Friday, August 12, 2011

The Future


My favorite films are those that tackle the intangible themes of life and death and love and sadness, and this film by writer/director Miranda July falls in that category.  Or at least it tries.

This is a hard film to describe.  On the surface it deals with a couple in their mid 30's struggling with their place in the world.  They're lost, like many of us.  It begins quirky and then just gets plain strange, playing with time, and sprinkled throughout with narration by a cat.  (Yes, you read that line correctly, the voiceover is from a cat.)  It is alternately humorous, bizarre, and pensive.

Film buffs know July from her debut feature in 2005, 'Me And You and Everyone Else'.  That film worked for me (and maybe even you if you're reading this, but possibly not everyone else).  It was different and pretty out there;  Deep and quirky at the same time.  The characters were all equally fascinating.  Unfortunately in my opinion 'The Future's not quite as good.  But fans of her will surely not want to miss it.

July was actually at my screening and introduced the film and participated in a lengthy Q&A afterward.  And having experienced that, it is now very clear that this is her movie and it is very close to her.  I can say that how I feel about her as a person is pretty close to how I feel about her movie as well.  They're both endearing, honest, thoughtful, deep, bizarre, and somewhat unintelligible.  I believe the movie has deep meaning but you have to work for it to get it.  And I'm always happy to do that, but I'm also even happier when I feel fully satisfied after doing so, at least on an emotional level.  I can't say that I do here.  I'm sure it's very personal to her, but just not fully satisfying to me, although I look forward to seeing what she does in her 'future'.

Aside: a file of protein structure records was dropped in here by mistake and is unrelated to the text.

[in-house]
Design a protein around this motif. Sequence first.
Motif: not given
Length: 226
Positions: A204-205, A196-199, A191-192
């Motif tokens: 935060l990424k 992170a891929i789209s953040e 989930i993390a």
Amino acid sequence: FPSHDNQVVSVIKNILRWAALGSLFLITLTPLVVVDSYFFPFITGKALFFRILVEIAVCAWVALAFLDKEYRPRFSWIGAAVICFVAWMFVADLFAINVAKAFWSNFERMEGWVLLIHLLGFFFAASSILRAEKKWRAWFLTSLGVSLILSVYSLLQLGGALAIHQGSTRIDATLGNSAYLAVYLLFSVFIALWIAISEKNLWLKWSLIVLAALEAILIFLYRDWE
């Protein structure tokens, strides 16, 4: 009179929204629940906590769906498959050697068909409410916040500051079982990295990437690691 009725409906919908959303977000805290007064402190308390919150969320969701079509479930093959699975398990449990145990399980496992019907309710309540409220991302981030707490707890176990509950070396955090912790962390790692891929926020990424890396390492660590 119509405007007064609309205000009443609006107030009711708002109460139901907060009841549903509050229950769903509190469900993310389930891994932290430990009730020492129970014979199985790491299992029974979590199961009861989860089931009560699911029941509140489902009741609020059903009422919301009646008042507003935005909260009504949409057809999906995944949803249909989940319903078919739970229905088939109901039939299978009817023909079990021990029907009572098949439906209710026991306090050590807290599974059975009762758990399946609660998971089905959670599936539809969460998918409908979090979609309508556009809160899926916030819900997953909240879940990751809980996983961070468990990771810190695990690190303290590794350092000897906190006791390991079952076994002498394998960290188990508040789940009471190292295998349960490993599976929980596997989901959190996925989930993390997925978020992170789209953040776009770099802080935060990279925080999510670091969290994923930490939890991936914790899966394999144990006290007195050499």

Whether or not you will appreciate this movie really depends on if you like art films sprinkled with absurdities and deeper meaning, and whether you're willing to work for an understanding of it.

Grade: B

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